Also, if say, Oxbridge were to charge higher fees, they would lose a lot of potential applicants simply down to the fact that really bright students under financial strains will not apply. This is something they want to avoid by increasing the number of people from different backgrounds.
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    (Original post by hellomynameisr)
    Individuals are personally deciding what they want to study so why should the fee be higher for someone wanting to study maths over gender studies?
    It isn't that it should be higher for a maths degree, but it should be lower for someone doing gender studies (I have no clue what anyone who did gender studies earns, pls don't hate. Just using it cos it was used above) because they may not earn enough to make a degree in gender studies viable.Tuition fees should be based on the average persons ability to pay back their loans for any particular degree.

    Also remember that universities are trying to make money, if someone who takes a maths degree is better able to pay back a higher tuition fee then I wouldn't say it is morally corrupt to charge them more.

    In addition it would lead to the eventual phasing out of mickey mouse degrees, because if the average person who took degree MM never earned any money because they couldn't get a job then universities would have to charge less for such a degree and eventually they would drop the course.
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    (Original post by Luke7456)
    Yeah this is a really bad idea and here is why.

    You are penalizing people for making sensible economic decisions and subsidizing ones that are not economical. We want to improve our work force not devalue it with such a method.

    Students should have to pay more for a degree based on how much people who do that degree statistically make. If anything it should be the opposite we should want to encourage stem subjects because they are more valuable to the economy and will help improve our country.

    If you could produce relevant numbers like Stem subjects require X amount of lecture time per week then that might be more of a case. Students paying relative to what they actually get. Eg maybe courses/universities that provide insufficient contact time cannot charge as much as others.

    We should want to encourage disciplined useful degrees and discourage mickey mouse degrees. not the reverse.

    The problem with communism is it discourages hard work which is really bad for an economy.

    Your proposal is terrible.
    Hahaha, that's only because you don't want to pay £9,000 a year... which is less than what fees are at the moment anyway.

    Nah, university isn't just about creating some kind of STEM master race. People can study what the hell they want, but we have to accept that some degrees are worth more money than others...
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    (Original post by hellomynameisr)
    Although I agree that not all degrees are equal, for example, a maths degree compared to a gender studies degree, the same price should still be charged for both.

    Individuals are personally deciding what they want to study so why should the fee be higher for someone wanting to study maths over gender studies?

    Also, if say, Oxbridge were to charge higher fees, they would lose a lot of potential applicants simply down to the fact that really bright students under financial strains will not apply. This is something they want to avoid by increasing the number of people from different backgrounds.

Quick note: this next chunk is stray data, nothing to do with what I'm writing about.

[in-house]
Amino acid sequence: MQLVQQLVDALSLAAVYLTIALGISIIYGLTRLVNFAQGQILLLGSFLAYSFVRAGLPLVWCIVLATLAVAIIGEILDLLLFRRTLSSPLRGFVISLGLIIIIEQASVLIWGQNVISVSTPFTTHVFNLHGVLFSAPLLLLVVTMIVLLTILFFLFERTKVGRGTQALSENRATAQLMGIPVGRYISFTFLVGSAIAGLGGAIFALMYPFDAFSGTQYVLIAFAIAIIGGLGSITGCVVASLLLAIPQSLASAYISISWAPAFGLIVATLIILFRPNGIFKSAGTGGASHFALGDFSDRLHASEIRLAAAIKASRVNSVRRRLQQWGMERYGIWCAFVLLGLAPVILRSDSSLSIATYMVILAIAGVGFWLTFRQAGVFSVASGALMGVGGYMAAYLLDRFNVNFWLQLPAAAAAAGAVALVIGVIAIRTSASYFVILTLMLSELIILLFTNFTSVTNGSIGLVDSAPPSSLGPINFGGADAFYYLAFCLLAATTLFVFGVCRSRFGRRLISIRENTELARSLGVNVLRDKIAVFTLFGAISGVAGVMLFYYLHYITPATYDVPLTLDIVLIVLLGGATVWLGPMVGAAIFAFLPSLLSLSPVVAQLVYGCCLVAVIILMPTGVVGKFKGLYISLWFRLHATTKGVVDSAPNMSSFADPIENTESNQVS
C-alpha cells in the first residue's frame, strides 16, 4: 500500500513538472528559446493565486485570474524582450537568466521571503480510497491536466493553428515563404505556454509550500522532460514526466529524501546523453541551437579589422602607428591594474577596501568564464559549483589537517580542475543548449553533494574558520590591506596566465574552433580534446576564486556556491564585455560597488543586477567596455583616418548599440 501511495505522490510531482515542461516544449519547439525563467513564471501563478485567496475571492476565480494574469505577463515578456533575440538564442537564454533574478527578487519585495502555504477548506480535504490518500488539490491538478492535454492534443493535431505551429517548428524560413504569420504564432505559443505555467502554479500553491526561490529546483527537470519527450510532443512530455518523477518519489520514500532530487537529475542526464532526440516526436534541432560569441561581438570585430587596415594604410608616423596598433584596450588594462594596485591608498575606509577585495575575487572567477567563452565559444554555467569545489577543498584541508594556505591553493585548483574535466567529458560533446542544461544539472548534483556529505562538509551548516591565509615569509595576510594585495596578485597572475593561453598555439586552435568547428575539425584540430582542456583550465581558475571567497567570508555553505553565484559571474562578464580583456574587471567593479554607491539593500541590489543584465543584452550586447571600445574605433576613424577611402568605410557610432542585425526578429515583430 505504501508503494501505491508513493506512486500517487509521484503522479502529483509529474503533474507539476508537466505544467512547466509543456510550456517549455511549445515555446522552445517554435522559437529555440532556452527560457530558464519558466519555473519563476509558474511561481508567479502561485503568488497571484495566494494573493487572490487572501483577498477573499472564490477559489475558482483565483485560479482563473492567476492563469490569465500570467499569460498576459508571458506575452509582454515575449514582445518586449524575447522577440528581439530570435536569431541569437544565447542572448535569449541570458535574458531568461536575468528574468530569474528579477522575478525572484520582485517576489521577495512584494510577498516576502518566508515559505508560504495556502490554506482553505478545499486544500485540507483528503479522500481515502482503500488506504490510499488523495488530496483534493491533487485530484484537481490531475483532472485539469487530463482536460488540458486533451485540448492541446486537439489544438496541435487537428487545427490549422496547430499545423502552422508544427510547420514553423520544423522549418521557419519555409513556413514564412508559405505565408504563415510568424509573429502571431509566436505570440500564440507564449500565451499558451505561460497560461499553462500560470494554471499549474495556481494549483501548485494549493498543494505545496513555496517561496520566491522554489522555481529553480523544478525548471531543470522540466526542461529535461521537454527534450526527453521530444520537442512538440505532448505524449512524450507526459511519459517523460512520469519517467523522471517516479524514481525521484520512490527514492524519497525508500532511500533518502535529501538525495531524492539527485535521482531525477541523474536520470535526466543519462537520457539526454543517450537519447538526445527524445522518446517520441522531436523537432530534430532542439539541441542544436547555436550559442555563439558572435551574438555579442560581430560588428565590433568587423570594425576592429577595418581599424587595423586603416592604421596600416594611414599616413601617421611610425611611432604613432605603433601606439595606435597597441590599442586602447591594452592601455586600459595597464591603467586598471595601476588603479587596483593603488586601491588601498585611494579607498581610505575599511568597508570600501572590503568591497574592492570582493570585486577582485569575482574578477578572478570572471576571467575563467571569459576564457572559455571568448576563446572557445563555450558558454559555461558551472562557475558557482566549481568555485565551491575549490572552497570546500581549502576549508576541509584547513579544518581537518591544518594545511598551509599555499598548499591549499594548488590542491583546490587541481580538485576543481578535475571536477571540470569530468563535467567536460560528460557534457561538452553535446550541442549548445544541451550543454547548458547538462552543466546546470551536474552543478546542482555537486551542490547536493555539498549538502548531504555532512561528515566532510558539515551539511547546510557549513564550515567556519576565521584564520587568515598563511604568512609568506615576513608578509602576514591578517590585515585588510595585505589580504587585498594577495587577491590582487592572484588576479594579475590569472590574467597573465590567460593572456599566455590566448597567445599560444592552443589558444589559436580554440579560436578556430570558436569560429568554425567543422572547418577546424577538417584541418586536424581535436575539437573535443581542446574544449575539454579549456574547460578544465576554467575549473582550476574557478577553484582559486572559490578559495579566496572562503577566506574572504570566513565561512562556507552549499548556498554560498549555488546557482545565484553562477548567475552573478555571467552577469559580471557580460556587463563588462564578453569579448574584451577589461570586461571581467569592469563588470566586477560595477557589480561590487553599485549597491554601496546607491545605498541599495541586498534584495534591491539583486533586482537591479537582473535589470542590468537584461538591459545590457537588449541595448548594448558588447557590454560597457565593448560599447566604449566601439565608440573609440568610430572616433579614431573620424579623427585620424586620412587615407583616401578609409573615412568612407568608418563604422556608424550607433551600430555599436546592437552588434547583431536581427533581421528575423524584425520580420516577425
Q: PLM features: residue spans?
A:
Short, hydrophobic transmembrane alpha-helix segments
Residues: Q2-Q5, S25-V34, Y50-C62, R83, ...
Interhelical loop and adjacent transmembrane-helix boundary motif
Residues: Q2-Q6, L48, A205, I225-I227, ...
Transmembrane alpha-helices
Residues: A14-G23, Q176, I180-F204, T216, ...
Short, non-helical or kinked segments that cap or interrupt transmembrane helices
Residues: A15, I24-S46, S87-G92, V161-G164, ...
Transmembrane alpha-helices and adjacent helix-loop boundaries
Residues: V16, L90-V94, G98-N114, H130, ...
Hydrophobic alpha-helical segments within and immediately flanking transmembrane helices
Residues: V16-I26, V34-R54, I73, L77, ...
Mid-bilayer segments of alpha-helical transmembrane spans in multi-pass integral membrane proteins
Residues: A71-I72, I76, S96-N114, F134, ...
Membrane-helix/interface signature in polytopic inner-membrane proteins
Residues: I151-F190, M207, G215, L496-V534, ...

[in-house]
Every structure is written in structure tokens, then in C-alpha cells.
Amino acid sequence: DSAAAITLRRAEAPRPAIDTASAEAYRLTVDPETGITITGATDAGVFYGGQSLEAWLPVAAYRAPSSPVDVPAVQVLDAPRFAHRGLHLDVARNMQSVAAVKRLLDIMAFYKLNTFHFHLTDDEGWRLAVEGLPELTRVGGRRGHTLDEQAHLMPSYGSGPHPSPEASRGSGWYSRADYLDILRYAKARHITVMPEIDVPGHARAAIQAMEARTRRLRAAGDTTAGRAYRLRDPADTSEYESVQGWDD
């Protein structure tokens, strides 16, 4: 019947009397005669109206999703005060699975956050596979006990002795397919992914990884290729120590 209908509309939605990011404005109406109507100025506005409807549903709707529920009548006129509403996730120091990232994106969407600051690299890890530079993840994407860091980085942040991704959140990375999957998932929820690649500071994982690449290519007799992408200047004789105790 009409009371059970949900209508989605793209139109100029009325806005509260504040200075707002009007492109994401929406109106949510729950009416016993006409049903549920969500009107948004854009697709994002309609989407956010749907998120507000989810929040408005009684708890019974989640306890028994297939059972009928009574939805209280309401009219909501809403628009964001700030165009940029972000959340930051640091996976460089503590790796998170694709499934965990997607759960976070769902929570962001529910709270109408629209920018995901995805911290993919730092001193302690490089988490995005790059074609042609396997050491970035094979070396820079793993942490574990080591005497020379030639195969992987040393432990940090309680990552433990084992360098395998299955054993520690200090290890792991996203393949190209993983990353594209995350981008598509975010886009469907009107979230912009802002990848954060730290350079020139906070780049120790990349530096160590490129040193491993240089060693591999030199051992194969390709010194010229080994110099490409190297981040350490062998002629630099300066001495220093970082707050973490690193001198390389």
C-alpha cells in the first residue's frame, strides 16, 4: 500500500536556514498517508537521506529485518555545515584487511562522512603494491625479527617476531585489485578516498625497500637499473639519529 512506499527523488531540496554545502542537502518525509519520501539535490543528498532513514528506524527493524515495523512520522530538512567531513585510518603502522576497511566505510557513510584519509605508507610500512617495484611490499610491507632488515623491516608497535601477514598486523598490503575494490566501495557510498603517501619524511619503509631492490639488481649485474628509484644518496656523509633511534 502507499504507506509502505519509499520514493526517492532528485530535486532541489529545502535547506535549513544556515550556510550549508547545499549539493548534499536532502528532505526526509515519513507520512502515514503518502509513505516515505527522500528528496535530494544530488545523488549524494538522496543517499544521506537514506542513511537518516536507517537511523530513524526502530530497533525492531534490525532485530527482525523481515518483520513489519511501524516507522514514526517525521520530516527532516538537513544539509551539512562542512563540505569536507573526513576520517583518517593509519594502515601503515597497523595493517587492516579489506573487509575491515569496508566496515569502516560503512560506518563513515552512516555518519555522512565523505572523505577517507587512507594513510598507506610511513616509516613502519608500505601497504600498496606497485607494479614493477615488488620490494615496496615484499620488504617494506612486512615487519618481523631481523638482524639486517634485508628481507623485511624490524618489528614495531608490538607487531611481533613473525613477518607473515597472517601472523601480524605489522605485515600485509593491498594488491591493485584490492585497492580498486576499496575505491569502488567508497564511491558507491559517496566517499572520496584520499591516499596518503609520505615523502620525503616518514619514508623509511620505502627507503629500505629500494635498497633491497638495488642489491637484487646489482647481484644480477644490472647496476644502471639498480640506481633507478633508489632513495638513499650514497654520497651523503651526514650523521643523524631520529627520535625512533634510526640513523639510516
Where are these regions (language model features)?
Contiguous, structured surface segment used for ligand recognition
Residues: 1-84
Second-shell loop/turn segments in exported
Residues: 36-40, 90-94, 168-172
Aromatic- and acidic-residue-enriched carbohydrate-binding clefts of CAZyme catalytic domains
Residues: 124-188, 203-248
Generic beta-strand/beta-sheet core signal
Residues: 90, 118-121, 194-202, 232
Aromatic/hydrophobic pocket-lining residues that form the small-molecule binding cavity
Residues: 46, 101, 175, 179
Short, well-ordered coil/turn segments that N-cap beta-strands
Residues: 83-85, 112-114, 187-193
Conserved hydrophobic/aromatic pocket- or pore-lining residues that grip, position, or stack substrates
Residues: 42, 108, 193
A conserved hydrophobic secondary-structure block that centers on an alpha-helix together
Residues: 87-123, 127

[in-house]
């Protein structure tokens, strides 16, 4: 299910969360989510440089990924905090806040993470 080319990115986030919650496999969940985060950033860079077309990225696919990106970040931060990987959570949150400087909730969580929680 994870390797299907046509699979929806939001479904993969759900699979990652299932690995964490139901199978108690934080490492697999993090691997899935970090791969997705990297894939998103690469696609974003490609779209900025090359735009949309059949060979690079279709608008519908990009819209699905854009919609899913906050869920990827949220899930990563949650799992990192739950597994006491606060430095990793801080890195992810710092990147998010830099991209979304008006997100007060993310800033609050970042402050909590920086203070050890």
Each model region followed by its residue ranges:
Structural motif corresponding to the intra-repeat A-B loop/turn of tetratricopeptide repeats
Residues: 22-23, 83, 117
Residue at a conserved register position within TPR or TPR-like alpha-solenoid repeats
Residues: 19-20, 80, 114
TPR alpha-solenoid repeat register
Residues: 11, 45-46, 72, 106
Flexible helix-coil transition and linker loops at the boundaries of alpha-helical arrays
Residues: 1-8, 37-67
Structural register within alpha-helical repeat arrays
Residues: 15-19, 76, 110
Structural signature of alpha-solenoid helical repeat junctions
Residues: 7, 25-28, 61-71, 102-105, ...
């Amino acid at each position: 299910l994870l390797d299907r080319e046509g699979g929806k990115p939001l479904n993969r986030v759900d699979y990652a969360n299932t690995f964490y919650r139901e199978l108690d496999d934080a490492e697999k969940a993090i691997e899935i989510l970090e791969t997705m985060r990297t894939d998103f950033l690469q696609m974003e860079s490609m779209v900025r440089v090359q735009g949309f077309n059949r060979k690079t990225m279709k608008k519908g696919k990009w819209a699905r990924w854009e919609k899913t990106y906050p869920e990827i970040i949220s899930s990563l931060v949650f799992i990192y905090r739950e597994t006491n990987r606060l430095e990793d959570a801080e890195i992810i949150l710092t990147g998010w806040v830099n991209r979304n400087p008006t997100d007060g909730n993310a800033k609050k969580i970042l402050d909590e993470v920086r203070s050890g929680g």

I'm not saying that Oxbridge's fees should go up... I'm saying they should stay at what they are atm, and ex-poly fees should drop...
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    (Original post by Dannyboy2015)
    It isn't that it should be higher for a maths degree, but it should be lower for someone doing gender studies (I have no clue what anyone who did gender studies earns, pls don't hate. Just using it cos it was used above) because they may not earn enough to make a degree in gender studies viable.Tuition fees should be based on the average persons ability to pay back their loans for any particular degree.

    Also remember that universities are trying to make money, if someone who takes a maths degree is better able to pay back a higher tuition fee then I wouldn't say it is morally corrupt to charge them more.

    In addition it would lead to the eventual phasing out of mickey mouse degrees, because if the average person who took degree MM never earned any money because they couldn't get a job then universities would have to charge less for such a degree and eventually they would drop the course.
    That is true to an extent, I guess. But then again, if you are not earning a over £20k (or something like that), after graduating then the government will cut off your student debt. Would it be fair to only do that for gender study grads as opposed to maths grads as there is still a probability that a maths grad could be unemployed after uni?
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    (Original post by hellomynameisr)
    That is true to an extent, I guess. But then again, if you are not earning a over £20k (or something like that), after graduating then the government will cut off your student debt. Would it be fair to only do that for gender study grads as opposed to maths grads as there is still a probability that a maths grad could be unemployed after uni?